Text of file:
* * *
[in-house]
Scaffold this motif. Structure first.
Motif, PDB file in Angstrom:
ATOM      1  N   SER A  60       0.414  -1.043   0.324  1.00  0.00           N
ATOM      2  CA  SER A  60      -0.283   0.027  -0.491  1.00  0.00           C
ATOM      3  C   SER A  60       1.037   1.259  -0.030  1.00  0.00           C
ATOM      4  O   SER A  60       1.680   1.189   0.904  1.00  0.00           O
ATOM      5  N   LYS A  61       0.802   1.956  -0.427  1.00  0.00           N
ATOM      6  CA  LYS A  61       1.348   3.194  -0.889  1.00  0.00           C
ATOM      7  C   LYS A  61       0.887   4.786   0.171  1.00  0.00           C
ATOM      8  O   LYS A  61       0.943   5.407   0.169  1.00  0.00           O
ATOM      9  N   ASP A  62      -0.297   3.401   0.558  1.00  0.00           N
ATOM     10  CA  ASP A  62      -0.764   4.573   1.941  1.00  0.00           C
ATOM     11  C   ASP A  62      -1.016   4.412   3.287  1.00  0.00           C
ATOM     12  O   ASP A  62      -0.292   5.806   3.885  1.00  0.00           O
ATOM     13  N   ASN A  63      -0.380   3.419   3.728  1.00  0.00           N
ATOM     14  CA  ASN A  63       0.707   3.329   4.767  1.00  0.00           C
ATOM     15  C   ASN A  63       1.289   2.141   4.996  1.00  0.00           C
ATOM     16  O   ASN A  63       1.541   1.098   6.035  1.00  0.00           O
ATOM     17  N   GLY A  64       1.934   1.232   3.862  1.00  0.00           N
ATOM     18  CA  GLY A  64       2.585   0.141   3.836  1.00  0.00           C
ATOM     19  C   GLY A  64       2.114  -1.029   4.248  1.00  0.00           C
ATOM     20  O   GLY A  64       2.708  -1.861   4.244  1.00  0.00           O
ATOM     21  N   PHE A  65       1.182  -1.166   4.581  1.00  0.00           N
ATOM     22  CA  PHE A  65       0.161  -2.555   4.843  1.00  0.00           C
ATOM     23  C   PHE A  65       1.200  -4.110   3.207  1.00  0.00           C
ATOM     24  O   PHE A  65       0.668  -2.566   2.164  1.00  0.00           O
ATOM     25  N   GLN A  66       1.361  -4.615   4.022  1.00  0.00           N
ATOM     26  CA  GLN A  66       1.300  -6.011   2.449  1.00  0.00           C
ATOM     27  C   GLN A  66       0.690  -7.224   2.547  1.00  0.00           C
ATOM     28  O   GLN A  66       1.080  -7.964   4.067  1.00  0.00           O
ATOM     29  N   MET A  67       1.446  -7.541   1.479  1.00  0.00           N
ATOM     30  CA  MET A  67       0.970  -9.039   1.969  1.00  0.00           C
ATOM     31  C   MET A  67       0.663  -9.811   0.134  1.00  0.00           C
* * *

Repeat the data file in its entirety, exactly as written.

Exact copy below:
[in-house]
Scaffold this motif. Structure first.
Motif, PDB file in Angstrom:
ATOM      1  N   SER A  60       0.414  -1.043   0.324  1.00  0.00           N
ATOM      2  CA  SER A  60      -0.283   0.027  -0.491  1.00  0.00           C
ATOM      3  C   SER A  60       1.037   1.259  -0.030  1.00  0.00           C
ATOM      4  O   SER A  60       1.680   1.189   0.904  1.00  0.00           O
ATOM      5  N   LYS A  61       0.802   1.956  -0.427  1.00  0.00           N
ATOM      6  CA  LYS A  61       1.348   3.194  -0.889  1.00  0.00           C
ATOM      7  C   LYS A  61       0.887   4.786   0.171  1.00  0.00           C
ATOM      8  O   LYS A  61       0.943   5.407   0.169  1.00  0.00           O
ATOM      9  N   ASP A  62      -0.297   3.401   0.558  1.00  0.00           N
ATOM     10  CA  ASP A  62      -0.764   4.573   1.941  1.00  0.00           C
ATOM     11  C   ASP A  62      -1.016   4.412   3.287  1.00  0.00           C
ATOM     12  O   ASP A  62      -0.292   5.806   3.885  1.00  0.00           O
ATOM     13  N   ASN A  63      -0.380   3.419   3.728  1.00  0.00           N
ATOM     14  CA  ASN A  63       0.707   3.329   4.767  1.00  0.00           C
ATOM     15  C   ASN A  63       1.289   2.141   4.996  1.00  0.00           C
ATOM     16  O   ASN A  63       1.541   1.098   6.035  1.00  0.00           O
ATOM     17  N   GLY A  64       1.934   1.232   3.862  1.00  0.00           N
ATOM     18  CA  GLY A  64       2.585   0.141   3.836  1.00  0.00           C
ATOM     19  C   GLY A  64       2.114  -1.029   4.248  1.00  0.00           C
ATOM     20  O   GLY A  64       2.708  -1.861   4.244  1.00  0.00           O
ATOM     21  N   PHE A  65       1.182  -1.166   4.581  1.00  0.00           N
ATOM     22  CA  PHE A  65       0.161  -2.555   4.843  1.00  0.00           C
ATOM     23  C   PHE A  65       1.200  -4.110   3.207  1.00  0.00           C
ATOM     24  O   PHE A  65       0.668  -2.566   2.164  1.00  0.00           O
ATOM     25  N   GLN A  66       1.361  -4.615   4.022  1.00  0.00           N
ATOM     26  CA  GLN A  66       1.300  -6.011   2.449  1.00  0.00           C
ATOM     27  C   GLN A  66       0.690  -7.224   2.547  1.00  0.00           C
ATOM     28  O   GLN A  66       1.080  -7.964   4.067  1.00  0.00           O
ATOM     29  N   MET A  67       1.446  -7.541   1.479  1.00  0.00           N
ATOM     30  CA  MET A  67       0.970  -9.039   1.969  1.00  0.00           C
ATOM     31  C   MET A  67       0.663  -9.811   0.134  1.00  0.00           C